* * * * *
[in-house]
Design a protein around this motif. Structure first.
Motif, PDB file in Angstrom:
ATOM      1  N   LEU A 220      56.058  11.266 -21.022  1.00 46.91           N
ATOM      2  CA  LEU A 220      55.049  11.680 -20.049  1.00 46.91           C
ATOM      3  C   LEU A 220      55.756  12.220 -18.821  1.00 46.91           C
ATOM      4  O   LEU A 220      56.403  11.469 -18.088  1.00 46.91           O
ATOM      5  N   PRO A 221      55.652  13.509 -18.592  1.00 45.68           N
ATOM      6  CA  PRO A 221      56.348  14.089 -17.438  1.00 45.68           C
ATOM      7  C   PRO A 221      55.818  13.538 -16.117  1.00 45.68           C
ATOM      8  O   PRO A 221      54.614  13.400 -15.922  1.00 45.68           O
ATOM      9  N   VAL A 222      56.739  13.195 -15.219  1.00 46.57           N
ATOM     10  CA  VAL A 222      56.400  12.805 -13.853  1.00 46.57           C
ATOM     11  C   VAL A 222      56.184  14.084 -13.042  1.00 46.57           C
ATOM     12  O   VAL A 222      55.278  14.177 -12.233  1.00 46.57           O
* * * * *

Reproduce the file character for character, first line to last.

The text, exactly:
[in-house]
Design a protein around this motif. Structure first.
Motif, PDB file in Angstrom:
ATOM      1  N   LEU A 220      56.058  11.266 -21.022  1.00 46.91           N
ATOM      2  CA  LEU A 220      55.049  11.680 -20.049  1.00 46.91           C
ATOM      3  C   LEU A 220      55.756  12.220 -18.821  1.00 46.91           C
ATOM      4  O   LEU A 220      56.403  11.469 -18.088  1.00 46.91           O
ATOM      5  N   PRO A 221      55.652  13.509 -18.592  1.00 45.68           N
ATOM      6  CA  PRO A 221      56.348  14.089 -17.438  1.00 45.68           C
ATOM      7  C   PRO A 221      55.818  13.538 -16.117  1.00 45.68           C
ATOM      8  O   PRO A 221      54.614  13.400 -15.922  1.00 45.68           O
ATOM      9  N   VAL A 222      56.739  13.195 -15.219  1.00 46.57           N
ATOM     10  CA  VAL A 222      56.400  12.805 -13.853  1.00 46.57           C
ATOM     11  C   VAL A 222      56.184  14.084 -13.042  1.00 46.57           C
ATOM     12  O   VAL A 222      55.278  14.177 -12.233  1.00 46.57           O